What on earth was the matter with Mutti? She hadn’t had any breakfast. Then she said they’d be going after lunch instead. She didn’t turn up for lunch. Neither did Vati. It had just been her and Wilma. And now Wilma was checking the contents of her suitcase for the hundredth time.
“What’s going on, Wilma?” said Renate. “There’s something wrong. Why was Mutti crying this morning?”
“I expect she’s just worrying about the packing,” said Wilma. “You know what a tizzy she gets into when she has to pack.”
Well, yes, that was true. “I suppose so,” said Renate.
“And I expect she’s a bit bothered about leaving your father on his own,” said Wilma. “It’s not very nice, families being split up at Christmas.”
“Vati’s not coming to Stuttgart?” said Renate, alarmed. She had been looking forward to spending time in Oma’s rambling house on Schellberg Street, and the few days before staying with Hani. But Christmas without Vati?
Before Wilma could answer the door opened. It was Mutti.
“Renate, I need to talk to you,” she said.
There was something about the tone of Mutti’s voice that Renate didn’t like.
“You may have wondered, perhaps,” her mother began. “You may have noticed ….” She folded her hands and closed her eyes and then started again. “Have you ever wondered if we might have Jewish connections?”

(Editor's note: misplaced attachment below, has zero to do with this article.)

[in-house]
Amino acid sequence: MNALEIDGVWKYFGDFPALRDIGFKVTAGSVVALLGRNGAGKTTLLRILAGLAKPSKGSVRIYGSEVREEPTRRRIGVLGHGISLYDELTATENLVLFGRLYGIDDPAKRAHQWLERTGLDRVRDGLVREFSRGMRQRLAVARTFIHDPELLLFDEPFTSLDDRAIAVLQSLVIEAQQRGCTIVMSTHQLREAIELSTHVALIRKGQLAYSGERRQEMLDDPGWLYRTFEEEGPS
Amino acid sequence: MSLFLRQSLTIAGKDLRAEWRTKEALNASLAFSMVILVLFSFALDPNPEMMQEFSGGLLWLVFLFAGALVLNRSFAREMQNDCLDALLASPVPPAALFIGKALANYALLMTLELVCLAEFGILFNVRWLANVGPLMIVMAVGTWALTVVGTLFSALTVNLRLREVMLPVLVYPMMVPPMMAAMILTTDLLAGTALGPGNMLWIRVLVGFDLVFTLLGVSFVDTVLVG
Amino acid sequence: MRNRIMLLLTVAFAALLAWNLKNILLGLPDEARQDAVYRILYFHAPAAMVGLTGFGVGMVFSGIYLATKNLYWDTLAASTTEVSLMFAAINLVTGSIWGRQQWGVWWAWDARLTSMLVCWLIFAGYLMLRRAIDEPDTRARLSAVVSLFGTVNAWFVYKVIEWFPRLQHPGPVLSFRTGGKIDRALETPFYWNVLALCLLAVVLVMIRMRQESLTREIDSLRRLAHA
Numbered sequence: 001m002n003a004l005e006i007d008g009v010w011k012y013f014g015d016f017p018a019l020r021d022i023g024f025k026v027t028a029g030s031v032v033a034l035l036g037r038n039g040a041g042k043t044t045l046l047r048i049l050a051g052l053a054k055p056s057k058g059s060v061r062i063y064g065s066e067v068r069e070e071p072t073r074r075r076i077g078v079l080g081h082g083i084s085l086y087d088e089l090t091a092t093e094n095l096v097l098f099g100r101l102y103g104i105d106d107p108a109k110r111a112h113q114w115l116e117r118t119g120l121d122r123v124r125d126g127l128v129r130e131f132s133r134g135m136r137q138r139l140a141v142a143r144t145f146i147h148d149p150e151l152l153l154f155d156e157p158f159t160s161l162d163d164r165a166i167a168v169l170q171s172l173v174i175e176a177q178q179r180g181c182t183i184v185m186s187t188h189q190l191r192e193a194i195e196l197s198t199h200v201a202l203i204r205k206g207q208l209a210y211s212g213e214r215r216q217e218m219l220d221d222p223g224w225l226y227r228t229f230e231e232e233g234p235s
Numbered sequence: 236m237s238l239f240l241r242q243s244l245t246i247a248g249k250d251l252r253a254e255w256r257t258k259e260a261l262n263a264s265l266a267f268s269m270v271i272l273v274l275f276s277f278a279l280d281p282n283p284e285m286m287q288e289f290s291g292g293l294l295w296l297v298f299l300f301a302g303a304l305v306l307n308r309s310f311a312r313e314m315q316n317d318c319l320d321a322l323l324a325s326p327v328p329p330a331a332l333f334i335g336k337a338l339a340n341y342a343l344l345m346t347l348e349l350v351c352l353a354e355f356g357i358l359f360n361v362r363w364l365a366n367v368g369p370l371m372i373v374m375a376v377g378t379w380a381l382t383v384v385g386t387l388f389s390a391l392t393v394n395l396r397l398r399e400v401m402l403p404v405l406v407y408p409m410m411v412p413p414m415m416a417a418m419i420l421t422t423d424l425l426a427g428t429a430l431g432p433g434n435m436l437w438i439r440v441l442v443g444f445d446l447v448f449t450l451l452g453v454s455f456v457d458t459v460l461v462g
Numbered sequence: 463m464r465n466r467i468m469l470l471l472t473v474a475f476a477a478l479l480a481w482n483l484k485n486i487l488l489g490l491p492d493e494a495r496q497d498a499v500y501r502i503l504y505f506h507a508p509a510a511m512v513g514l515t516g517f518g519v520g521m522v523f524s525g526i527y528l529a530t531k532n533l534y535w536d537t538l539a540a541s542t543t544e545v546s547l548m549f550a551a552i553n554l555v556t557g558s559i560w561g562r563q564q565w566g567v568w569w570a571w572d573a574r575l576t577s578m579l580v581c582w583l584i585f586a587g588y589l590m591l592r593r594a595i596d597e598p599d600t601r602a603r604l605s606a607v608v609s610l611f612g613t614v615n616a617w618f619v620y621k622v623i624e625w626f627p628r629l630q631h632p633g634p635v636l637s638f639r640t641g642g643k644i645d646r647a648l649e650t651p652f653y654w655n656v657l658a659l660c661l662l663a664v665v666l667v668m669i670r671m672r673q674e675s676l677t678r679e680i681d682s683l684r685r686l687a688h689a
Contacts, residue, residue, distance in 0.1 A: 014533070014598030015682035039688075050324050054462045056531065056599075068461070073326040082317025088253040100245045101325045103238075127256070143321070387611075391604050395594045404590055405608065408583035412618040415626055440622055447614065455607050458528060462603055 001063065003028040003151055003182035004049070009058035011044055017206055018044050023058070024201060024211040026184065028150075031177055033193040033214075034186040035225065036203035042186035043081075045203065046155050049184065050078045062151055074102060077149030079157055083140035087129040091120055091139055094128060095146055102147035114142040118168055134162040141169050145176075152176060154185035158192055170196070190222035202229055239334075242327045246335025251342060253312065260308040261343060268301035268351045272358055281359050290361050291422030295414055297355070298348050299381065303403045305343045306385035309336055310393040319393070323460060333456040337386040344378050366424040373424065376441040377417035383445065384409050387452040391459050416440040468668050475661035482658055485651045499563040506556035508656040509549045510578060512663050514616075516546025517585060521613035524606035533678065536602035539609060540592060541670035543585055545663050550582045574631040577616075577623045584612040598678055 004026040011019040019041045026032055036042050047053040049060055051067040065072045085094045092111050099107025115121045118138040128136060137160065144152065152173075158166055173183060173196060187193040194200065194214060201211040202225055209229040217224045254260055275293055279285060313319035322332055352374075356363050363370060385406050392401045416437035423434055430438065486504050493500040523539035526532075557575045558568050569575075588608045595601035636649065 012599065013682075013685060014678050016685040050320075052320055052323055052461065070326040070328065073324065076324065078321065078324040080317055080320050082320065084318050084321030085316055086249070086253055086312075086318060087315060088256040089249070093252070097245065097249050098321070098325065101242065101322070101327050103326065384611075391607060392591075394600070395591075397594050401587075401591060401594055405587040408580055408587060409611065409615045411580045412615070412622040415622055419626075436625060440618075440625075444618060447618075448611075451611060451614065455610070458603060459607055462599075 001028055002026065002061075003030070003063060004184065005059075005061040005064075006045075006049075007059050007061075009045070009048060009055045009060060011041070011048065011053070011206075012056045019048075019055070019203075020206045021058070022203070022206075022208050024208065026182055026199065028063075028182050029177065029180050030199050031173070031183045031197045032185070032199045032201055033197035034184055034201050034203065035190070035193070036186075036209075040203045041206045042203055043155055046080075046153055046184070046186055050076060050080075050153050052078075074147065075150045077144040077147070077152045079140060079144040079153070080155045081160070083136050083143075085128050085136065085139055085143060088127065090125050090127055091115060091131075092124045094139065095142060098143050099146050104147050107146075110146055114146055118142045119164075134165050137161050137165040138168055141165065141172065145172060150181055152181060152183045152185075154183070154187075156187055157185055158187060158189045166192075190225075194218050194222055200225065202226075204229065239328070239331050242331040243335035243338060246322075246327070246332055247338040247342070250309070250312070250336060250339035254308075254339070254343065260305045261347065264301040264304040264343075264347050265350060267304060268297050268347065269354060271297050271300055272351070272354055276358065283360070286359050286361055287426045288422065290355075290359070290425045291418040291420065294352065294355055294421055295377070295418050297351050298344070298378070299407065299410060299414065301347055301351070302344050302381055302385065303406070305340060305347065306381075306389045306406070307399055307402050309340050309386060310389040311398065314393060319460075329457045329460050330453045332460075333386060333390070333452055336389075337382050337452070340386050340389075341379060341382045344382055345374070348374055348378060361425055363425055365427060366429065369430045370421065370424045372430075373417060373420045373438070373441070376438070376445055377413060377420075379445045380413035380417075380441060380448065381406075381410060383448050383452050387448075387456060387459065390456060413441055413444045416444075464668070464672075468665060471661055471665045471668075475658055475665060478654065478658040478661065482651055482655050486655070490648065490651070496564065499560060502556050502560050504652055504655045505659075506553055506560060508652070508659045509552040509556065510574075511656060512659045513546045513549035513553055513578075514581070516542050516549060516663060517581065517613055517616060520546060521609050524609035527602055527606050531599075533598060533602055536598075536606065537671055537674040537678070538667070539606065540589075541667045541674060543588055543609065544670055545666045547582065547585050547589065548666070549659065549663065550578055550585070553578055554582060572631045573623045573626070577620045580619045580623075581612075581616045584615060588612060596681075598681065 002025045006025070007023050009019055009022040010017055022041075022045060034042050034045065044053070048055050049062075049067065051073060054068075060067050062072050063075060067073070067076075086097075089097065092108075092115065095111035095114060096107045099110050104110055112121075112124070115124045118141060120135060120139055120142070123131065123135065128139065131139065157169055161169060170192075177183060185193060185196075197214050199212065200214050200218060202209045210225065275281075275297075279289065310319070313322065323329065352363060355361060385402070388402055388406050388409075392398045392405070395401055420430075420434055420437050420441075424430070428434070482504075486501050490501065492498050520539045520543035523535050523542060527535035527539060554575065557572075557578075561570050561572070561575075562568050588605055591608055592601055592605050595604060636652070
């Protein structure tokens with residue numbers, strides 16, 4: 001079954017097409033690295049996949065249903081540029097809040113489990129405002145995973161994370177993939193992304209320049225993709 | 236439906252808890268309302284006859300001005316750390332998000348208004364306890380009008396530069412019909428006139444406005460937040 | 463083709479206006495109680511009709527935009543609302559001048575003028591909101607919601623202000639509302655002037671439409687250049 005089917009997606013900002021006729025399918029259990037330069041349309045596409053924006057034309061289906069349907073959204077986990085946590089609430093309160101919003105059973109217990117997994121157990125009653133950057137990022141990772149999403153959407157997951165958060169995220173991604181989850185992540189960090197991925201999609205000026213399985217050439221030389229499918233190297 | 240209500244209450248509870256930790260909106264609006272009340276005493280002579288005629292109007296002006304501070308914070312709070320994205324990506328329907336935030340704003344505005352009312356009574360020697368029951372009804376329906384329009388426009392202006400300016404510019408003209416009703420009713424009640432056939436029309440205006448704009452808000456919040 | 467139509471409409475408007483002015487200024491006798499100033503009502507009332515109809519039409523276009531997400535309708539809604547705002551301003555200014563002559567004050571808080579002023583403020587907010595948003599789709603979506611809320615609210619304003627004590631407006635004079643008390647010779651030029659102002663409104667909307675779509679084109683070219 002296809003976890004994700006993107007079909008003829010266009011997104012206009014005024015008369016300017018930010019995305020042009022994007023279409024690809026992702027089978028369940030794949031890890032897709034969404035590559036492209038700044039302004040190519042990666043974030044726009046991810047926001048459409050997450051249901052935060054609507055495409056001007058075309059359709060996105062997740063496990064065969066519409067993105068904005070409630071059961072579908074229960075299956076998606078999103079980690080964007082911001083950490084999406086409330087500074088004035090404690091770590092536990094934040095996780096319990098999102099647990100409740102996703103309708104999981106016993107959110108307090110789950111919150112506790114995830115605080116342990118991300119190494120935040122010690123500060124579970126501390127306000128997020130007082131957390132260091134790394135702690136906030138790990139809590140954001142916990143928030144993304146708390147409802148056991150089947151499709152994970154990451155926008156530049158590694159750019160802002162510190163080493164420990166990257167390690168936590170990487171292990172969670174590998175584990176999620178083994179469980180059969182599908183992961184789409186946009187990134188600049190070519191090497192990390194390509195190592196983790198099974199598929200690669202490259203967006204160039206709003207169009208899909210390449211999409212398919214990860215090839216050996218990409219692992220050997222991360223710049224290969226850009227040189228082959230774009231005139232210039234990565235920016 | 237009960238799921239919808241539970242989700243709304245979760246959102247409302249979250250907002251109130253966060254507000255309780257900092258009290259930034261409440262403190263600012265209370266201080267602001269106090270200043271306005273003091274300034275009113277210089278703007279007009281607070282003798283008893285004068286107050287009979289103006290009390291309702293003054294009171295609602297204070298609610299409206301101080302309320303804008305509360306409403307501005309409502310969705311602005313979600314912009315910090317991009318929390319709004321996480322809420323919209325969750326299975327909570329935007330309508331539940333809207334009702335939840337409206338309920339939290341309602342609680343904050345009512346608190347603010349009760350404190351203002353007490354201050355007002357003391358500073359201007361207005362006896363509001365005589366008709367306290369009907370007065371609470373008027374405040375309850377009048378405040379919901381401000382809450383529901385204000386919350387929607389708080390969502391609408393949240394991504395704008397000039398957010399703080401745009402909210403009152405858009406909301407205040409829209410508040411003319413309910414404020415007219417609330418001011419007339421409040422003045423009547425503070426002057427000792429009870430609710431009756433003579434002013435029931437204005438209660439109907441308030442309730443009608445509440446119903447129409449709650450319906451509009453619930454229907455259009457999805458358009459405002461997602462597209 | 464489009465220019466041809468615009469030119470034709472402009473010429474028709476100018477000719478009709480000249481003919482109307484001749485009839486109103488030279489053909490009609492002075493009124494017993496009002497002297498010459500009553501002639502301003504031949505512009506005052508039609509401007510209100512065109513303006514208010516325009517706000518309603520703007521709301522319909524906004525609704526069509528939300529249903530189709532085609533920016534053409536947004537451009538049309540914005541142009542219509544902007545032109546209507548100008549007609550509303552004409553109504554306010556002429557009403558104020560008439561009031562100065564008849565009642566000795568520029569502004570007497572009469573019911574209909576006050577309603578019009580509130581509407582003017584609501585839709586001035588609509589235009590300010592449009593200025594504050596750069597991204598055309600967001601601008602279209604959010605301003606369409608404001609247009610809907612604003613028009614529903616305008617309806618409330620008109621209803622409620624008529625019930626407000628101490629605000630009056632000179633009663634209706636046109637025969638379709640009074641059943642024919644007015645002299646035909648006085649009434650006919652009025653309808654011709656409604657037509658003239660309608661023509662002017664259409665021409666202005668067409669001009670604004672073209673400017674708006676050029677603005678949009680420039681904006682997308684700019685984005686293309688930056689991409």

Renate couldn’t believe what she was hearing. What did Mutti mean? They couldn’t possibly have anything to do with Jews could they? That would mean … that would mean they would have to give up all sorts of things.
“Yes, my dear, I’m afraid it’s true,” her mother continued. “I am Jewish, and so is Oma – but not your father. You and I and your Oma will have to leave Germany after Christmas and go and live in England. A lot of very kind people have done all sorts of things to make it possible for us to go there. You will have to go first.”
“What? On my own?” cried Renate.
“Yes, I’m afraid so,” her mother replied. “But I shall be following very soon. Your uncles are waiting for you in England and will take care of you. But Vati won’t be able to come too – he won’t be allowed to leave Germany.” Her mother’s voice broke and she added almost in a whisper. “Go and think it over in your room. I… I want to be alone for a bit.”
Renate couldn’t move. She stared at her mother. They were Jewish? She and Mutti were Jewish? She knew that it was very difficult for Jewish people living in Germany and was getting worse all the time. Everything had been just the same as normal for her. Except perhaps Mutti’s strange moods. But they didn’t look at all like the Jews they’d seen down in town. Those men with the big hats and the long sideburns and the women always dressed in black. Mutti just looked like any other German woman.
“Renate, I told you to go,” said Mutti. “I need to be on my own.”
Somehow she managed to will her feet to move. She left the lounge and set off for her room. As she crossed the hallway she caught her reflection in the long mirror. She could see nothing different. She was not a racial disgrace or a contamination. That’s what they said the Jews were, didn’t they? She pushed her shoulders back and held her head up. “I’m just the same as ever. I am not a disgrace. I am going to England and I shall like it,” she whispered.
Her father came out of his study and stood beside her. He put his arm around her shoulders. “It’s for the best,” he said.
“But I can’t speak any English,” said Renate.